Everybody needs good neighbours
Has any Chancellor of the Exchequer’s resignation been accorded greater indifference?
Sajid Javid has made a “shock” resignation from the Treasury. “Shock” in the sense of something highly newsworthy and unexpected.
Now that the Chancellor has walked, the first drafters of history are busy connecting the narrative arc to show how the unforeseen departure was actually inevitable.
It is customary in such analysis to state “X was the catalyst for Y. But actually Z was the underlying reason for the breakdown in relations, a division that X merely brought to a head.”
In today’s example, the variables are as follows. “X” is the Prime Minister’s demand that Javid part with his team of advisers and submit to a new joint 10 and 11 Downing Street economic unit. “Y” is Javid’s deciding that he would rather resign than agree to this slight to him and to those who had worked loyally by his side. And “Z” is …
Well, what, exactly is “Z”?
The obvious answer to this – as supposedly to most other questions about the life force powering the Johnson government – is “Dominic Cummings.” The first act in the drama can be traced back at least six months to last August when Cummings summarily dismissed Sonia Khan, a media adviser to the Chancellor. This happened without the Chancellor’s fore-knowledge because Cummings believed Khan had not severed all contact with Javid’s predecessor, the then Brexit-spoiling Philip Hammond.
Revisiting that incident today, one anonymous quote made at the time now takes on rather greater significance. “The truth is they see Saj as a patsy,” an unnamed former advisor confided to The Times the day after Khan was escorted off the premises. “That’s why he’s in there. Whether it’s staff or it’s spending decisions, they think he won’t kick up a fuss.”
Nobody wants to be remembered as a patsy, even if the job comes with the Treasury attached. Did that accusation of cowardice sting? Having not made the removal of his media adviser a matter of honour six months’ ago, was Javid ready to show that this time he was, after all, prepared to lay down his political life for his friends? Once bitten, twice dauntless.
The truth is they see Saj as a patsy
The recent kite-flying (from Treasury sources) about the possible introduction of a mansion tax and a cut to pension tax relief which irritated Number 10 can now be seen as the second tremor before the earthquake.
And yet the reality is that whilst “Z” can reasonably stand for “Dominic Cummings” (or “Boris Johnson”), in the great historical sweep of things it might as readily stand for “?”
Any examination of previous underlying reasons for a breakdown between Prime Minister and Chancellor quickly identify a big theme niggling and waiting to detonate. Nigel Lawson resigned because of the influence of Margaret Thatcher’s adviser, Alan Walters. But that personal antipathy was caused by a major policy disagreement (Lawson’s determination first to have sterling shadow the deutschmark and then join the Exchange Rate Mechanism) which in turn was related to the great faul-tline in Conservative politics from that time until 2019 – the extent of Britain’s integration into the workings of the European Union.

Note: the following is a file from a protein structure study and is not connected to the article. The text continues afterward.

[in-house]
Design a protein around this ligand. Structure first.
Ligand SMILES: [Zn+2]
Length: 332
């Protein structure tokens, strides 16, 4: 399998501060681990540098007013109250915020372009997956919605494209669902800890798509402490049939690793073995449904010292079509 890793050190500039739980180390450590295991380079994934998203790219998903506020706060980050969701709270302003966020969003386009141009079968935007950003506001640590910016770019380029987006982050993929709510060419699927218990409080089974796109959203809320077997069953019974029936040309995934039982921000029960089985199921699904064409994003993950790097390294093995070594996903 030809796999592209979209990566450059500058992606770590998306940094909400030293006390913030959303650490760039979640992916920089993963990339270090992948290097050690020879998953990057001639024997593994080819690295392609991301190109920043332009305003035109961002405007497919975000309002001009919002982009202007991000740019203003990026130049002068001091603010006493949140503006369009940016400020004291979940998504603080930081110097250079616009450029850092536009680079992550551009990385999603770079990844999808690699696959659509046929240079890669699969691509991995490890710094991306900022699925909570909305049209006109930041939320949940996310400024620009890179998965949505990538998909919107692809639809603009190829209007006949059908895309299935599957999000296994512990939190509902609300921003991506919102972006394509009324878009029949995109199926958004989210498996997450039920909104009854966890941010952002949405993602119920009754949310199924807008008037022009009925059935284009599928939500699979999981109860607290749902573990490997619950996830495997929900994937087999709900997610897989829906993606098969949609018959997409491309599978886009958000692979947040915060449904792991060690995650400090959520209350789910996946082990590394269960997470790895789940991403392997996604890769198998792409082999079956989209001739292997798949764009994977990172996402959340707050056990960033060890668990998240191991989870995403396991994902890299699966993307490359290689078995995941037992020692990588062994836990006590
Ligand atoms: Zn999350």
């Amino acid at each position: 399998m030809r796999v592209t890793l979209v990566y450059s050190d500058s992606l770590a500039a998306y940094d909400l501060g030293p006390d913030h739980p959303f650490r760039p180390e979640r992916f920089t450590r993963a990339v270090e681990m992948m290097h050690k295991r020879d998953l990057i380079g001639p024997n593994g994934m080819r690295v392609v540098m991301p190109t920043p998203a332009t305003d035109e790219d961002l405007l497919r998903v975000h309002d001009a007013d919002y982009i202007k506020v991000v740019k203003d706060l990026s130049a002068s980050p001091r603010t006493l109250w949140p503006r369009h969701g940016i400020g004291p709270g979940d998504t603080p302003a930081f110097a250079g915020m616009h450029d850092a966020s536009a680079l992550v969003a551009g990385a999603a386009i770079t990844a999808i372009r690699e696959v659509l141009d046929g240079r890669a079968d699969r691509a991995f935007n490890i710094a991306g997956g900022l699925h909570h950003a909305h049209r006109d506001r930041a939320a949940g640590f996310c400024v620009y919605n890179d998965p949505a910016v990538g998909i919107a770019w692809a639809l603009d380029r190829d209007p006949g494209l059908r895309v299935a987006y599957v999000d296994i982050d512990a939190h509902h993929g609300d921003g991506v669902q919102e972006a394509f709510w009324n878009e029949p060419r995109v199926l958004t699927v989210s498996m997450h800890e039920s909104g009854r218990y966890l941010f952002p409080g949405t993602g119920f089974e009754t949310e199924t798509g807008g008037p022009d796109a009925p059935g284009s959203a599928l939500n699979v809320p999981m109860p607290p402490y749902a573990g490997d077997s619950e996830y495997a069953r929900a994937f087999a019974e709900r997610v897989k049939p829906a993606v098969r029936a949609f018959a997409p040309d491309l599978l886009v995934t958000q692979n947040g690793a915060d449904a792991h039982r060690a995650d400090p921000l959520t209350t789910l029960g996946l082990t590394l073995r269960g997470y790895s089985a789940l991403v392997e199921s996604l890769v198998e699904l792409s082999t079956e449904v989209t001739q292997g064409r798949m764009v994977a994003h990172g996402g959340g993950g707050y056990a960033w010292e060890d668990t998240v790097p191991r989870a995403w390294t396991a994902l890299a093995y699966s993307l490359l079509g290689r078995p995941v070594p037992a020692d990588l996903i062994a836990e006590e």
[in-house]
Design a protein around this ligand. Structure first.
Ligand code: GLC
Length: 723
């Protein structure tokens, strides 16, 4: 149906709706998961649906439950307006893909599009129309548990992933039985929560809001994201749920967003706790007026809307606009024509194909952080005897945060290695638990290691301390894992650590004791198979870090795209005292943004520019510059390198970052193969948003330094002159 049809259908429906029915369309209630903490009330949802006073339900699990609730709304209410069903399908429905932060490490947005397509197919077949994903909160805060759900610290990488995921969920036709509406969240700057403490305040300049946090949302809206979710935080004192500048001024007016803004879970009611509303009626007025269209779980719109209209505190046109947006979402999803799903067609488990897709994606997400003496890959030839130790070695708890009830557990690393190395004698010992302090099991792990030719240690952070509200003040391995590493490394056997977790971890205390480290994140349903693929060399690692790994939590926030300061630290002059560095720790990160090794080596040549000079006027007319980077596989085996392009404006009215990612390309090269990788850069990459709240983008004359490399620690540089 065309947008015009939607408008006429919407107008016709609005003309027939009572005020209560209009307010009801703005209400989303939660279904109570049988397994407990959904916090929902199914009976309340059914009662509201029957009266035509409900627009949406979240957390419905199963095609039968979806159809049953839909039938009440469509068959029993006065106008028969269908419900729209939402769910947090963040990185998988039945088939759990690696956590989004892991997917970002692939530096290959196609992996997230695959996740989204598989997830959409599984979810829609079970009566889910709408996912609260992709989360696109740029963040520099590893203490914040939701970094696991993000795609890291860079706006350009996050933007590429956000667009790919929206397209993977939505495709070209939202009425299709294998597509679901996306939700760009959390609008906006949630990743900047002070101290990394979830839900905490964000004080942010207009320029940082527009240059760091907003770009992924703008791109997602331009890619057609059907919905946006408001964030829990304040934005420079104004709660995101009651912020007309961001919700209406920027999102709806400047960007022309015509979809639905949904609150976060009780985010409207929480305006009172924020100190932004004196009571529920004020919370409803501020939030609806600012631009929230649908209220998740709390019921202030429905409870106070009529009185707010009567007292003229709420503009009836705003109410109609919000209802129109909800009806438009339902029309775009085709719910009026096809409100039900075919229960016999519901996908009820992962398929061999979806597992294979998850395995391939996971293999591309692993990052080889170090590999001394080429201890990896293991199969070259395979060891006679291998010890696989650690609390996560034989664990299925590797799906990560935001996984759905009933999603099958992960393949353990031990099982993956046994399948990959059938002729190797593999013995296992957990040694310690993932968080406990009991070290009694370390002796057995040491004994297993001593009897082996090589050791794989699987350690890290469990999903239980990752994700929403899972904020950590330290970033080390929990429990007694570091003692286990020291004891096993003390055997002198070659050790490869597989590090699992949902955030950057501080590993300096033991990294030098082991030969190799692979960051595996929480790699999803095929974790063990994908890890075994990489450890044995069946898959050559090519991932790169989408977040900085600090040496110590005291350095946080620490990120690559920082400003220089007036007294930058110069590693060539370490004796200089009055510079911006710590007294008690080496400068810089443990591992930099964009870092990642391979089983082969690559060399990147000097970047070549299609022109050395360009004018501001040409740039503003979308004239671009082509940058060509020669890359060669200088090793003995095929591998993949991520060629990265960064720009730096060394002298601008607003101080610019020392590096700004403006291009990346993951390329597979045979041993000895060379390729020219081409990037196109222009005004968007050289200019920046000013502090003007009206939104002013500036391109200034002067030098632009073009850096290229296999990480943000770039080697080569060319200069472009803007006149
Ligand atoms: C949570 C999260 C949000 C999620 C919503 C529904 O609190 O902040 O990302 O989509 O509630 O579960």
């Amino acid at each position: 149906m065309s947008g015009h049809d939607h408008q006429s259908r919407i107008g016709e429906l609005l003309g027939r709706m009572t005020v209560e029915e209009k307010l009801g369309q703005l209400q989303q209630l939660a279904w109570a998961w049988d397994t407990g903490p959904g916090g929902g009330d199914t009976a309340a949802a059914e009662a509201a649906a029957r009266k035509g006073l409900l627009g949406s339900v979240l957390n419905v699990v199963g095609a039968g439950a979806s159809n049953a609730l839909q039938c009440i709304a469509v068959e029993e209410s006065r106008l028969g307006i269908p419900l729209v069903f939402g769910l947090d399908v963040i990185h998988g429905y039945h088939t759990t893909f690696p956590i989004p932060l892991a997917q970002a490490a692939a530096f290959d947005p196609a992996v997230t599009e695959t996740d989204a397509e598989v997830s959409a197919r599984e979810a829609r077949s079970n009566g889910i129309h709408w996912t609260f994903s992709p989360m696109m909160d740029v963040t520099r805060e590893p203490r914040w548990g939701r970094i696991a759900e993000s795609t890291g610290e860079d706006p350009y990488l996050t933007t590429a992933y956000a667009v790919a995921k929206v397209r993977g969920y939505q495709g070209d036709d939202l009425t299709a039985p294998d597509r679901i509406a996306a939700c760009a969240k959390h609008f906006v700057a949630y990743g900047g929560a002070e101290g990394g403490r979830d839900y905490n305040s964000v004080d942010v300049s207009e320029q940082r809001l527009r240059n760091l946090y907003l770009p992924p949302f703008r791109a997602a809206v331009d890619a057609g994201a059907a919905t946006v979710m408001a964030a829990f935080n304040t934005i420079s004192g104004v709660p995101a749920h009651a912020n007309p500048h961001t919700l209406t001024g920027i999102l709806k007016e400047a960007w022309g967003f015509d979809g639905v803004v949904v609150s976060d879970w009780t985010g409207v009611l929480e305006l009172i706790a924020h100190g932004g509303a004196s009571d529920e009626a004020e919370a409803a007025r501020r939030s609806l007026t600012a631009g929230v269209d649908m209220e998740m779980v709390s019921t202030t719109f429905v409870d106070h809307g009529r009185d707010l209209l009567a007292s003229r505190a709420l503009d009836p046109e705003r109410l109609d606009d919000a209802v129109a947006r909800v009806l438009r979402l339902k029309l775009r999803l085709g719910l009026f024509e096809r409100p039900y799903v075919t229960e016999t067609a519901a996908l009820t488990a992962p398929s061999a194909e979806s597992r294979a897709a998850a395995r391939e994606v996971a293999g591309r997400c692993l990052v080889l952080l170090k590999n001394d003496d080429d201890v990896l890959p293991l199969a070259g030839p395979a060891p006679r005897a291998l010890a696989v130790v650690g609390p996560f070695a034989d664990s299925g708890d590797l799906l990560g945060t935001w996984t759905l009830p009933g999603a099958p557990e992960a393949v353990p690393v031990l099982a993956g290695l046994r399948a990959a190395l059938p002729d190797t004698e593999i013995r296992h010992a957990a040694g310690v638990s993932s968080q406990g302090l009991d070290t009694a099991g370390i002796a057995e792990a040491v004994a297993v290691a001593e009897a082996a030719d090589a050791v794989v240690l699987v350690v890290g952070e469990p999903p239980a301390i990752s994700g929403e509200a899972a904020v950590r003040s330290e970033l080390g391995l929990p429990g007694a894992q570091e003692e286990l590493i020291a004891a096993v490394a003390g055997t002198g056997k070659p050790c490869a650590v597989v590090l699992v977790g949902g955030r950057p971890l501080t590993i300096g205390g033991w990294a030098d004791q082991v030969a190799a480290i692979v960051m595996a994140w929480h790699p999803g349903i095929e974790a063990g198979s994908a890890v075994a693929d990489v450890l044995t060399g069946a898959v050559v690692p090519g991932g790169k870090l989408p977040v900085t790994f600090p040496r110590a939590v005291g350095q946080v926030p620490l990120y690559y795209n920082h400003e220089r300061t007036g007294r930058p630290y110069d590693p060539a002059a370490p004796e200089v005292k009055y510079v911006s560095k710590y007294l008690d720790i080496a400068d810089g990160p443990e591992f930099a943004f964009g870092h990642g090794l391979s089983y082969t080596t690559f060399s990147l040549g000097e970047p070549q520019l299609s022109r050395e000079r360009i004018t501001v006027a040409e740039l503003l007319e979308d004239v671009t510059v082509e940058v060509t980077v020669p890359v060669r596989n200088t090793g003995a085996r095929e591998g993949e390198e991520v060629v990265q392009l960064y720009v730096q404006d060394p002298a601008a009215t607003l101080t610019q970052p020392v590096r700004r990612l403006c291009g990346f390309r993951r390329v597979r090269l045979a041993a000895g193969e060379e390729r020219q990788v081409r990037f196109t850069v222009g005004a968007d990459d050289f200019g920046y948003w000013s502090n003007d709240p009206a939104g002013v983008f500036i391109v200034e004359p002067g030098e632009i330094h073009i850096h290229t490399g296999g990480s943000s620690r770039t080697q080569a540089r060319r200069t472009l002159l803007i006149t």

The breakdown between previous Downing Street neighbours was similarly instigated by disagreements that were clear and out in the open such as Imperial Preference (A.J. Balfour and his Chancellor, Charles Ritchie) or mounting inter-personal weariness (Tony Blair and Gordon Brown).
It is a given that Javid and Johnson were not buddies – none who stand in the same leadership contest as Johnson can expect to be. But nor were they two warring parties constantly generating sparks of friction by enforced proximity.
Sunuk will turn on the money-hose held out for him by the Prime Minister and his chief adviser.
There is now an expectation that the new Patsy of the Exchequer, Rishi Sunak, will be even less Gladstonian in matters of financial prudence than Javid was shaping-up to be; Sunuk will turn on the money-hose held out for him by the Prime Minister and his chief adviser. The markets – who are noticeably untroubled by Javid’s exit – seem to believe so. But between Munificent Mr Javid and Munificent Mr Sunak we are comparing apples with apples.
Perhaps then “Z” simply stands for “casual indifference.” The casualness with which a Prime Minister can dispense with his Chancellor for no great matter of state or policy; the casualness with which the markets receive the news precisely because so little is at stake; and the casualness with which Sajid Javid’s parliamentary colleagues take his departure because the ideas he owned were, if we are honest, not that precious.
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